Our partner in Kerala is Genesh. He makes around half of our fabrics. They are made in small batches of 100 to 300 metres. The process is very artisan. Very hands on, the yarns are dyed by hand, the weaving is done by hand on small powerlooms. The printing is done by hand. here Genesh's children watch TV , the yarn drying is for our red denim
This is Mr and Mrs Manu, they mostly weave our denim. We were able to help Mrs Manu after an illness in 2014
Here Genesh describes making our high twist fabric.
For high twist fabric we spent some hours for drying it on sunlight. The crinkle charecteristics of the HT fabrics unveil when it put in the water. In my teen ages there were thousands and thousands of meters we produced for exporters purely in hand loom. when I was a college student I weave the fabrics on holidays and earn pocket monies. The wet high twist fabric we took in a van and went to big empty grouds with medows and dried it in sunlight. It was recalling the memories of twentyfive years after with our high twist fabrics.
We put the fabrics in the bath tub at dye house and dried it in sunlight opposit ground of our home. But the fabric did not get curled and I found it is difficult to go again and picking the wet fabric to home again. So we made a temporary water tank with red stones ( which are using to build walls) and a Tarpolin sheet and filled 3000 ltrs water fetch from out side and put these fabrics in to it for an overnight and day.
Recalling memories and experience before decades, Gokul and Ashin (Genesh's young sons) helped me to pull ot the fabrics from the tank, ( three of us not needed bath again).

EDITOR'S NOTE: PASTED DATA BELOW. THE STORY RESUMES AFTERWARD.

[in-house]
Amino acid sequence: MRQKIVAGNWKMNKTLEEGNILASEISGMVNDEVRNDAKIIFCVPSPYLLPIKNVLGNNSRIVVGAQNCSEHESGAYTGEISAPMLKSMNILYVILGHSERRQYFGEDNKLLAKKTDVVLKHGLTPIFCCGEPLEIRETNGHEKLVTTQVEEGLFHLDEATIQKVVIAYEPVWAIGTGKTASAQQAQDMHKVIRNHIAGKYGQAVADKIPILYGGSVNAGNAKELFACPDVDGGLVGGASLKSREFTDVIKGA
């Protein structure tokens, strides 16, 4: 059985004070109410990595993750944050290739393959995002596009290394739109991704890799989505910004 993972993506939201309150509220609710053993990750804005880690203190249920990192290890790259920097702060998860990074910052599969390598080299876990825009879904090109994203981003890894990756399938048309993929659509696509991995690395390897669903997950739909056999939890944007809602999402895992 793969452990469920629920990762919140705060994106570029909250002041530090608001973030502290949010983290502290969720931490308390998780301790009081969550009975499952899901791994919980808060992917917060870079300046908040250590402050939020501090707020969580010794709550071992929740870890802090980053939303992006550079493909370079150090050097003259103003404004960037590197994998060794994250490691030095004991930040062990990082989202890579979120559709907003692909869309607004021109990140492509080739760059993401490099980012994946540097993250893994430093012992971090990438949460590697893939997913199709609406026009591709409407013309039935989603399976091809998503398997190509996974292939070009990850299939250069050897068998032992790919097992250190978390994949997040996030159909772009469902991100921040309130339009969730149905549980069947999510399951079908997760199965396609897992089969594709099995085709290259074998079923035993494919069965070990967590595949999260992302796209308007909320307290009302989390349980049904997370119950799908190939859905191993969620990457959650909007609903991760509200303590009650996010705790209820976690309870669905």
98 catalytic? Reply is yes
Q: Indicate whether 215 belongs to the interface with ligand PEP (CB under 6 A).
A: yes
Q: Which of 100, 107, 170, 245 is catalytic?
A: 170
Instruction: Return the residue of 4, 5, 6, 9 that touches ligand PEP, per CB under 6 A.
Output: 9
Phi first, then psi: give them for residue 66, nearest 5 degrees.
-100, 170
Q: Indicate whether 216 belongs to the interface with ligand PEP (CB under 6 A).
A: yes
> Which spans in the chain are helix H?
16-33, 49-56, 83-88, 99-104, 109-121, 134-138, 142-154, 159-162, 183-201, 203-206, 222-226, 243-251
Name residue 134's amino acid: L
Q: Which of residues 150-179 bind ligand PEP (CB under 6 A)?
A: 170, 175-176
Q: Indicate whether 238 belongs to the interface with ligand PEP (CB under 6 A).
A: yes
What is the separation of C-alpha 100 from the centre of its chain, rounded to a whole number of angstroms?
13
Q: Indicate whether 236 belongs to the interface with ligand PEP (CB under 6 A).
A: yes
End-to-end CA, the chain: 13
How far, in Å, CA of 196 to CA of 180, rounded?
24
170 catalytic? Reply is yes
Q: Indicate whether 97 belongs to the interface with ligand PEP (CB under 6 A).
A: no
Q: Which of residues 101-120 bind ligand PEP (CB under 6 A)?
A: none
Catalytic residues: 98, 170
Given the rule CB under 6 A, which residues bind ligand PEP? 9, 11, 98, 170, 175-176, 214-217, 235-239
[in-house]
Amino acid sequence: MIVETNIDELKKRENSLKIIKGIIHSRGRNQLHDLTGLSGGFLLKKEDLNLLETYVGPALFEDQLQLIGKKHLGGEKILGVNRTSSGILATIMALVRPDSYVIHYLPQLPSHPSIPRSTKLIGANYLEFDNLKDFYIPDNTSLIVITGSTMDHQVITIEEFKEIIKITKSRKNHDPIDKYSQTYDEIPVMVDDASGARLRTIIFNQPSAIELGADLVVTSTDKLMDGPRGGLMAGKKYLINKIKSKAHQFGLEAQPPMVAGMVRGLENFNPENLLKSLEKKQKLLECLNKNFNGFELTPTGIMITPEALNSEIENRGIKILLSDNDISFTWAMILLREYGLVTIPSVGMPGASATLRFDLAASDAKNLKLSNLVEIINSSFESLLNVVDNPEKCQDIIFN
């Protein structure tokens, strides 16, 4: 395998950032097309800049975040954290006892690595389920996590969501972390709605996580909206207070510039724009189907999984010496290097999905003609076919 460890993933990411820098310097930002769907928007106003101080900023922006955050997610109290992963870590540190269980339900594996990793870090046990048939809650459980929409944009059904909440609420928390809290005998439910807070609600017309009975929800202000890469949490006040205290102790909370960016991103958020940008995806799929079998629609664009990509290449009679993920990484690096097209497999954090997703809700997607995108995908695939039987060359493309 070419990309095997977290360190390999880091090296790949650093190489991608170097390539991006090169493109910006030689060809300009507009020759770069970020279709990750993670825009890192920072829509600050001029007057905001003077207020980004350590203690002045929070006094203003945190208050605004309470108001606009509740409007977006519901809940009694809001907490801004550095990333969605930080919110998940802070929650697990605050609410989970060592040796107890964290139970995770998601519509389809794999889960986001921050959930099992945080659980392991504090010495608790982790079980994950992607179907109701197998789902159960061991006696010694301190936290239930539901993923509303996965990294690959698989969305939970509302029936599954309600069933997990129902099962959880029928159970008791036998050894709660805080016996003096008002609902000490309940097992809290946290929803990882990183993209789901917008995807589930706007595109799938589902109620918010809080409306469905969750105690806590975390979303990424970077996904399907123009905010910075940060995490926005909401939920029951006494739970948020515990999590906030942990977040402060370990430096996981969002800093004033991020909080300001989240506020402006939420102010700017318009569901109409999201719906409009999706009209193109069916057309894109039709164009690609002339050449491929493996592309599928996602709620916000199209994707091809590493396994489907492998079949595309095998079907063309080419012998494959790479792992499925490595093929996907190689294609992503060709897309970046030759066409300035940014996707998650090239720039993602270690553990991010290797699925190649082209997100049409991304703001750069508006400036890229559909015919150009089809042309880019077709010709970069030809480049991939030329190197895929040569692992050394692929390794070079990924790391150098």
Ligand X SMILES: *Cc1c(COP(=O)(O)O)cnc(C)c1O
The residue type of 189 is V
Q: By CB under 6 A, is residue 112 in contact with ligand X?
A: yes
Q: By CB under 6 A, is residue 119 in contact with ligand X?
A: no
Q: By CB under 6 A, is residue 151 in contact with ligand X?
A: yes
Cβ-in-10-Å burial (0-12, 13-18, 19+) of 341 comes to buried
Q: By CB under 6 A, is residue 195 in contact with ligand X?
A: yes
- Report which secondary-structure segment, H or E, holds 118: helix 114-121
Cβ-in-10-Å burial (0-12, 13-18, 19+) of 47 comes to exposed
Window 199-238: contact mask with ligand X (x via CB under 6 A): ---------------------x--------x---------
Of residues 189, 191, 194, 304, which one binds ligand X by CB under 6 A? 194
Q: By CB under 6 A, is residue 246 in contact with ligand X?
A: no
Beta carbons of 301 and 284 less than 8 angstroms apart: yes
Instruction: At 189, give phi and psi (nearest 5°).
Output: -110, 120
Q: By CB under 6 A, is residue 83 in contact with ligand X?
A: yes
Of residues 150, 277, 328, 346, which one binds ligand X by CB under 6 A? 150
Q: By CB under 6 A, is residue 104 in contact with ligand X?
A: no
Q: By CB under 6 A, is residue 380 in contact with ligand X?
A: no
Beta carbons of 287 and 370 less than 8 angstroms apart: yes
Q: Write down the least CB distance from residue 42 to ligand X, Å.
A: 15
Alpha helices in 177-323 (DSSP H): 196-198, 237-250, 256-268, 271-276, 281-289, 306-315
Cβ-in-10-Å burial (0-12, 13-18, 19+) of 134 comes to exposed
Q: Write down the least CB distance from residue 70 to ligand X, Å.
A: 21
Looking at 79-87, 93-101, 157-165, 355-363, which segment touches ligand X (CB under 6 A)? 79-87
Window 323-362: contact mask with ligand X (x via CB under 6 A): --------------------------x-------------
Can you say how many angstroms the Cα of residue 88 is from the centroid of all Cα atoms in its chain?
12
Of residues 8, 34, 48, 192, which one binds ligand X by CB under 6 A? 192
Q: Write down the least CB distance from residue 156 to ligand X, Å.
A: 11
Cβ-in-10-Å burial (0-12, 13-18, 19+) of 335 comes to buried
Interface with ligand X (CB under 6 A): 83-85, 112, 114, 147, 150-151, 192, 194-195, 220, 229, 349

Next day Anitha (Genesh's wife)and me put in the ground the fabric get its natural charecter!
Some photos of this story attached
Below the fabric is dried in the fields near Genesh's home
Below it is dumped in cold water to affect the yarn.
Genesh hand prints the selvedges 'organic cotton' and the hand rolls the fabric.
Here Genesh writes about the wages and process of making the fabric.
It is doing after boiling the yarn. For boiling soda Ash, silicate are using. Silicate cleared the stains from the raw yarn. After boiling around 8 hours, the yarn stays in boiled water more than 12 hours. Then it is washed with plain water and enter on to the Bamboo Sticks. This yarns hanged on bamboo sticks are put in the bath tank used in Hydrogen Peroxide. After Bleaching yarns are washing to washout its foam etc. For piece dyeing the fabrics are washed after bleaching to get maximum performance of color dyes.
Yes it is true the living and earning circumstances are entirely different in India. As per our labor earnings, They are getting in between INR 400/- to 500/- daily as wages. In addition For Onam up to 16% of their annual wage level is distributing as Bonus + In the Time of Vishu Cash Leave allowances and leave wages are distributing. In another side, Three of our weavers control 2 looms hence they are getting more income, as they have more productivity than others and is getting INr1000-1500 per day according to the quality. These people are like tiny entrepreneurs with Two looms at their home premises. So normally their working system is not affected with sanitation etc. Most of our weaving section is working like a free institution with one or two looms which is running and controlled by the whole family members. Husband weave, wife wind the pirns, elder parents wind bobbins etc. Wife and Husband inspect the fabric before I am taking from them to take notice how their weave looks like. Another side we protect some old women who wind the bobbins. One of the lady's photo I was sending before. They earn 200-300 Rs daily sitting in the portico of the home hearing radio/ TV programs. They are very good people with plenty of experience with yarns. Finer to thicker yarns, Jute and Linens, Curling High twist, viscose etc.. etc Most of the people get a pension from the Govt of INr1000.00(Thousand Rupees). They are very Lovely people who express their good Looking attitude with a smile and Love. I have decided to give a few amount to Mrs.Devaki, the old woman who pose for our photo, and was very happy to ready to take photos. She posed with her grand children that time, and I have taken the two print outs to give them.